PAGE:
Welcome to Earl's Golf Blog
February 11, 2020
Watching a Professional Golf Tournament
If you have never had the opportunity to watch a PGA or LPGA tournament in person, I totally recommend it. It is one thing to watch on television and marvel at the brilliant shots the best players in the world can execute, but seeing it in person gives you a deeper appreciation for the skill that is required to perform those shots.
I recommend going to the tournament on the least crowded days. Thursday is best and Friday would be next. When I was in Colorado, I brought a few of my best students each year to watch The International PGA event at Castle Pines. One of the first things that they wanted to do was watch the pros on the practice tee. Although that can be insightful, it was not what I wanted them to learn. The object of the game is to shoot the lowest score and that requires course management, strategy, shot-making, short game skill, deft putting, and mental and visualization abilities.
Ben Hogan stated many years ago, "After a fellow learns how to hit a golf ball -- that's all there is left. Management is 70-75 percent of the game after you learn how to propel a golf ball. And if you don't know how to manage a golf game, you can't play." My approach was to pick a talented group of players that wouldn't have a large gallery and follow them for eighteen holes. One of the best groups that we got to watch was Hale Irwin, Tom Kite, and Vijay Singh. There were about 200 people following them that day. My students were able to see up close their preparation, pre-shot routines, shot-making, and how they handled the ups and downs of a tournament round of golf. Castle Pines is a demanding challenging golf course and an even par round there is good playing. The International used the Stableford point scoring system, however their gross scores that day would have been 69, 70 and 72.
One thing that was quite evident right away was that they didn't always hit 300+ yards drives straight down the middle. Their irons shots didn't go 10 feet from the hole each time and they missed a lot of 10 foot putts. I wanted my students to focus on how they strategized each hole and to watch their demeanor and composure. How did they handle a bad break? Did they deviate from their pre-shot routine? What was learned was that there are a lot of good and bad shots that make up a round. You can't get "too up" or "too down" at any point in the round. An eagle putt on the 2nd hole is just as important as the double bogie putt on the 17th hole. Each requires that same preparation and commitment, because they are strokes that add up to your final score.
Three weeks ago, I was able to attend the Farmers Insurance Open at Torrey Pines. The first two rounds I watched about nine holes each day with Tiger Woods along with Collin Morikawa and Jon Rahm. Of course there was a large crowd following Tiger, but it helps to be 6'3", so I saw all that I wanted. The final day, I watch Jordan Spieth, Matthew Wolff, and Lucas Glover play in the first group off in the morning and then left to watch the rest on television. Jordan is searching. His good shots are real good, but he is not consistent. Putting let him down again, and he was visually discouraged. I really hope he can figure it out. I think he will. Matthew Wolff is the real deal. Funny swing, but he can play. I don't think can be the best in the world, but top fifty definitely. Collin Morikawa, who played with Tiger the first two days, made a very positive impression on me. He handled the pressure of playing with Tiger with ease and his ball-striking was impressive. There are three great college players that came on Tour this past summer, Matthew Wolff, Collin Morikawa, and Viktor Hovland, all will be outstanding, but Morikawa could be a world top five player in a few years. I was that impressed with him.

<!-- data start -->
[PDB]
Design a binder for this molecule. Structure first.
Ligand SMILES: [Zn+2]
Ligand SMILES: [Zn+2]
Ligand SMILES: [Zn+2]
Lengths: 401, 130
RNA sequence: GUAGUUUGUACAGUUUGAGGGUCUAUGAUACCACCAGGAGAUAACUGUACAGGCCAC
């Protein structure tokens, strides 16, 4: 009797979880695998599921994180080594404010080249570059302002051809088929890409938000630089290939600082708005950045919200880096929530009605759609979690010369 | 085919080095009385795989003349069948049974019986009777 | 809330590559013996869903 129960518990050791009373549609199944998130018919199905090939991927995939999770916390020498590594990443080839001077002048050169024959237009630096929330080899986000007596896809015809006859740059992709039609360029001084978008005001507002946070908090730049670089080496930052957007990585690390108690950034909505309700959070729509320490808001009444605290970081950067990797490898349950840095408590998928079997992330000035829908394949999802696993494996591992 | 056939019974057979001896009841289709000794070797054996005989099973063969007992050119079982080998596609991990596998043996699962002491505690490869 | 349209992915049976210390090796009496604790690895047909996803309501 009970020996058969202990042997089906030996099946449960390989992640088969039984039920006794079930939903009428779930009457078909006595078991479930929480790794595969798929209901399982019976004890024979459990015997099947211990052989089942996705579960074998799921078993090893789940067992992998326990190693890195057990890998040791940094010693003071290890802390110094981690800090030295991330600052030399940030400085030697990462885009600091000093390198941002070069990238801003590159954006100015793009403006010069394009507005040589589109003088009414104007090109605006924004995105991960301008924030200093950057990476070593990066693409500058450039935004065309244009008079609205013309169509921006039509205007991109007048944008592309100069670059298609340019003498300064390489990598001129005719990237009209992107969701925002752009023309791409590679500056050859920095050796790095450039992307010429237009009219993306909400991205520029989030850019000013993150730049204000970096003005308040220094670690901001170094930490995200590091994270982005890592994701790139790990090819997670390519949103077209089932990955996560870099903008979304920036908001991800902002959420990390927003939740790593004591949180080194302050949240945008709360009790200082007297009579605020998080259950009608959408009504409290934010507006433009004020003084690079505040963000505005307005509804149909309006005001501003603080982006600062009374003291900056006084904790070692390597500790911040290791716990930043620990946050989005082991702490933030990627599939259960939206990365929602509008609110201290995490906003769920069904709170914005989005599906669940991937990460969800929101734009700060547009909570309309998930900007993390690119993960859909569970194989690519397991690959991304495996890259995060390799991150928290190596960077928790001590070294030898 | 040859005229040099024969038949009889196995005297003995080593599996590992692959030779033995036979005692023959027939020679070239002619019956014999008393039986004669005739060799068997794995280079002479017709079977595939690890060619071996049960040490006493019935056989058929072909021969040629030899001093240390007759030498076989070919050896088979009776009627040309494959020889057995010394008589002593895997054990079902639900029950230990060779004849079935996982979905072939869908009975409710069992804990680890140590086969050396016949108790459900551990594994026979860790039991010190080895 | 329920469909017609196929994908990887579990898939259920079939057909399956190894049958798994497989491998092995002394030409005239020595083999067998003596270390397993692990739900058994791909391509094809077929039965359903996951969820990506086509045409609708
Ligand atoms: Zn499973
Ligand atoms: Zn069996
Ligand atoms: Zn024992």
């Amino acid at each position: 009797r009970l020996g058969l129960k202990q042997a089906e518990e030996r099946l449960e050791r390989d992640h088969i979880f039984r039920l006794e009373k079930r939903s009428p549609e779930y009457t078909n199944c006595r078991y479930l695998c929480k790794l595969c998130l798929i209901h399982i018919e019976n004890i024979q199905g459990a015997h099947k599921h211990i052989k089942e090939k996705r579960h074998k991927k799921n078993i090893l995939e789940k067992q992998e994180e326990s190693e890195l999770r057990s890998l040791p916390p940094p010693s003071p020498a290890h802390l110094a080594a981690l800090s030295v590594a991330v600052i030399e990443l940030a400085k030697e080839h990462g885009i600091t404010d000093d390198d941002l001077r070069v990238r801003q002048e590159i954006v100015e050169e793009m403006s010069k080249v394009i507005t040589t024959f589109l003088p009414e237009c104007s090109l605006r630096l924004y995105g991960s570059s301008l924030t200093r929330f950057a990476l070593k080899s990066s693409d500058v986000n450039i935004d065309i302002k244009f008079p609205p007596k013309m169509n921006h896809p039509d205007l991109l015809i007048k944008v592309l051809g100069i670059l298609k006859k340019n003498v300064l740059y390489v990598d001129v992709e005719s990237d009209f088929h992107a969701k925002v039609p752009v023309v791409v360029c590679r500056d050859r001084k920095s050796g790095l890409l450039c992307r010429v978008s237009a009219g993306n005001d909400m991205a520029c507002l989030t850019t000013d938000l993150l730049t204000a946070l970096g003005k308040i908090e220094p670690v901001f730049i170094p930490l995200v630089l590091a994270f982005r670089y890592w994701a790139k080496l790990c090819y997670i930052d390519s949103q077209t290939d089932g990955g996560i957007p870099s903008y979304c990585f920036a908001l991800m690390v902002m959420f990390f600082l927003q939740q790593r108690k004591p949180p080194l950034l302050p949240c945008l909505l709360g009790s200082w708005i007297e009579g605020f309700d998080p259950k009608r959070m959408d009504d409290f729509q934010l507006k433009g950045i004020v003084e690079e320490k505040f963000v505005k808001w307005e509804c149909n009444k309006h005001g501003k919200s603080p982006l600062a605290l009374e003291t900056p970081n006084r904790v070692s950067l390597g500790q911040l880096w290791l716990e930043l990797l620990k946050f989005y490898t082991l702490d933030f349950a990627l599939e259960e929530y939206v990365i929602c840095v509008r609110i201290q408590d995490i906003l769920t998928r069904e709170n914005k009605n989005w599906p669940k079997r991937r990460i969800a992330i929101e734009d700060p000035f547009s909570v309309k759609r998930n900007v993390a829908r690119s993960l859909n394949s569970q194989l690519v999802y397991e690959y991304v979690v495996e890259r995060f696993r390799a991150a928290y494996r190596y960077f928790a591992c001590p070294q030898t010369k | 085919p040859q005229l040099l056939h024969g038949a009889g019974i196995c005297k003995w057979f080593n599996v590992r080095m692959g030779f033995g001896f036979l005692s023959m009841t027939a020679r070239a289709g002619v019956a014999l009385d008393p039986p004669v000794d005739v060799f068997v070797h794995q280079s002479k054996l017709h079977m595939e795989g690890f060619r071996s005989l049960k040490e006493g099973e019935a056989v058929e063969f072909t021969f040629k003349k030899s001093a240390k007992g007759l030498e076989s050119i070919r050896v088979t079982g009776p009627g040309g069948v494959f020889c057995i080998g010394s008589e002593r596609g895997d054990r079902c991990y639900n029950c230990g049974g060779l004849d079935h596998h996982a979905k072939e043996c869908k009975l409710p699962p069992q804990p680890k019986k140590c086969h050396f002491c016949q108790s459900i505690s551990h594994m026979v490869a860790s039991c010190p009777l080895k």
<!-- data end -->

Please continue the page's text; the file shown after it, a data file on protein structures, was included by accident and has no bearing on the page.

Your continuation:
I admit, I'm a Tiger watcher. If I'm anywhere close and I have the opportunity, I want to see him play in person. It's like getting to seeing Picasso paint, or Michael Jordan dunk, or Sandy Koufax pitch. It's rare to witness greatness in person. I've probably seen Tiger play live around 25 times. What I saw at Torrey this year was someone very comfortable with himself, his swing and game. Much better than what I saw the previous two years. If healthy, watch out for the Tiger.
This coming week I will be at Riviera for the first two days of the Genesis Open. I will watch as much of Tiger as possible, but if it's too hard I will resort to picking the best group possible with a manageable crowd and following them for the day. Day one, I will go there with my best friend from high school and day two with my daughter. What I enjoy watching at a tournament are these main points; pre-shot routine, balance and smoothness of swing, ball flight, and lastly composure. If you are able to attend a professional event this year, try to follow your favorite player or an elite group. Watch their routine, their course strategy and demeanor. This might be more beneficial than trying to emulate their swing. Lastly, I'm sure you will get a greater appreciation of the skill that these athletes possess and make watching tournament golf on television even more enjoyable and insightful.